Monday, July 12, 2010

Baby talk

Lately we’ve been talking about having a baby.

My approach this time around is decidedly more lax.

Recently I was to have my thumb X-rayed. It had been swollen and throbbing ever since that hike in Kauai, perhaps from when I fell into the hole, or the river, or slid across the mossy rocks, desperately grasping at wet ferns trying to stay alive. Lots of possible thumb trauma scenarios there.

As is the routine, the X-ray tech asked if I was pregnant.

“No,” I told him. “I don’t think so.”

“You don’t think so?”

“No. Probably not.” I told him.

He cocked his head.

“Have you been trying to get pregnant?” he asked.

“Well. We haven’t been trying to avoid it.”

He laughed – “haven’t been trying to avoid it!” - and shook his head and walked me back to my doctor’s office to get a pregnancy test.

“I can’t tell you how many times I’ve had women find out they’re pregnant this way,” he told me in the elevator.

So I took the test and waited for the nurse and was a bit surprised to find that that old, gooey, nervous hope rising in my belly. And then, the familiar dump of disappointment.

All for the stupid thumb that wasn’t even broken.

But now, five years into being a mother, the disappointment wasn’t crushing like I remember. No tears. No hating myself and my useless body and wondering what I ever did to deserve being denied what I then considered the most fundamental experience of being a woman.

This time, I got a breakfast burrito and was over it.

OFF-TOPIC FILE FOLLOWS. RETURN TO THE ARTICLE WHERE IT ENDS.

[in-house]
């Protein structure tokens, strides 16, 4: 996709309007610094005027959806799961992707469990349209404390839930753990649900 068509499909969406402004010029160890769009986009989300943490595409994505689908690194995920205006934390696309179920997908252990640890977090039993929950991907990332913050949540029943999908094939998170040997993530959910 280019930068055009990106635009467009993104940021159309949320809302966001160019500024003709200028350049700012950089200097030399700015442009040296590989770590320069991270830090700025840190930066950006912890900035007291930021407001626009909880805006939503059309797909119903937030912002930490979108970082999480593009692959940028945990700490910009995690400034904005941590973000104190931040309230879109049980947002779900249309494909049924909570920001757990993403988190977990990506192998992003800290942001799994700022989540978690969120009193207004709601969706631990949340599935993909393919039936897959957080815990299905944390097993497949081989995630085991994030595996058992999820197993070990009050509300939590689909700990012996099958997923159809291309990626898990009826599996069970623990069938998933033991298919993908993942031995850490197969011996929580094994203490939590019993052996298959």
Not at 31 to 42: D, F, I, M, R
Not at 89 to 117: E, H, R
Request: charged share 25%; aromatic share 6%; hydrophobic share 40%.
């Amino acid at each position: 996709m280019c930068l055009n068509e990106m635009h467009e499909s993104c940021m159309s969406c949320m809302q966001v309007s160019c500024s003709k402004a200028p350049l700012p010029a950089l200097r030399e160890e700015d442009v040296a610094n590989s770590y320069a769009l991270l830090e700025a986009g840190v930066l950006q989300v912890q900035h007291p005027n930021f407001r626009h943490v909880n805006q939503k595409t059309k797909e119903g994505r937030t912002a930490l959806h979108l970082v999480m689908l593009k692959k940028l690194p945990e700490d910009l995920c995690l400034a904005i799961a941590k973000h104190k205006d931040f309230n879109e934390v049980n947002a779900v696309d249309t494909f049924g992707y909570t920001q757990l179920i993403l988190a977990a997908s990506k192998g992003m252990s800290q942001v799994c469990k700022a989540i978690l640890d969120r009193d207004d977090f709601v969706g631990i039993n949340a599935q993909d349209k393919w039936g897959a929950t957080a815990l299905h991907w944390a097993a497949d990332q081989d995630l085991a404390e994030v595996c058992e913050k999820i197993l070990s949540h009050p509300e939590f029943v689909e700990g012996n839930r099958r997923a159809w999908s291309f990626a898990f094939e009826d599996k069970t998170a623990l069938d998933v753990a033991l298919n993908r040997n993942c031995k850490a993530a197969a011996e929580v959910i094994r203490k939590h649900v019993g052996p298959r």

The most frustrating thing about all of it back then was that everything was officially fine. All the tests said so. It just wasn't happening.

Will it now? Perhaps. Perhaps not. I do know things are different now. I don't have that hole in my heart that I used to have. I feel happy with my life. I like being a mother. I have an incredible child and I'm proud of the mother that I've become. I think I will be alright either way.

Mostly, the discussions have been light and jokey, and centered on maintaining our current lifestyle. Could we send the baby to Natalie's dad's house when she's over there? Maybe we should adopt a 5-year-old because small children are really so much more enjoyable than infants. Or, we could just opt for a Golden Retriever, because that you can leave alone at home. Much more conducive to keeping the fire aflame.

Recently we floated it past Natalie.

"Would you like a baby brother or baby sister, Natalie?"

She didn't take much time to think.

"Noooo," she said.

"I already have a baby... Baby Miss Ann."


  1. Well, Natalie does have a point. And I'm sure Baby Miss Ann is even easier than a dog would be -- never begging for food or eating every disgusting thing in sight.

    That's exciting you and Tony are talking about a baby! And I completely understand that old disappointment of being mad at your body. I can relate. But I'm so glad you're in a different place now. Maybe that will make all the difference. Who knows.

    Take care and again, great blog!

  2. How wonderful to share this with the world. I love you. Dad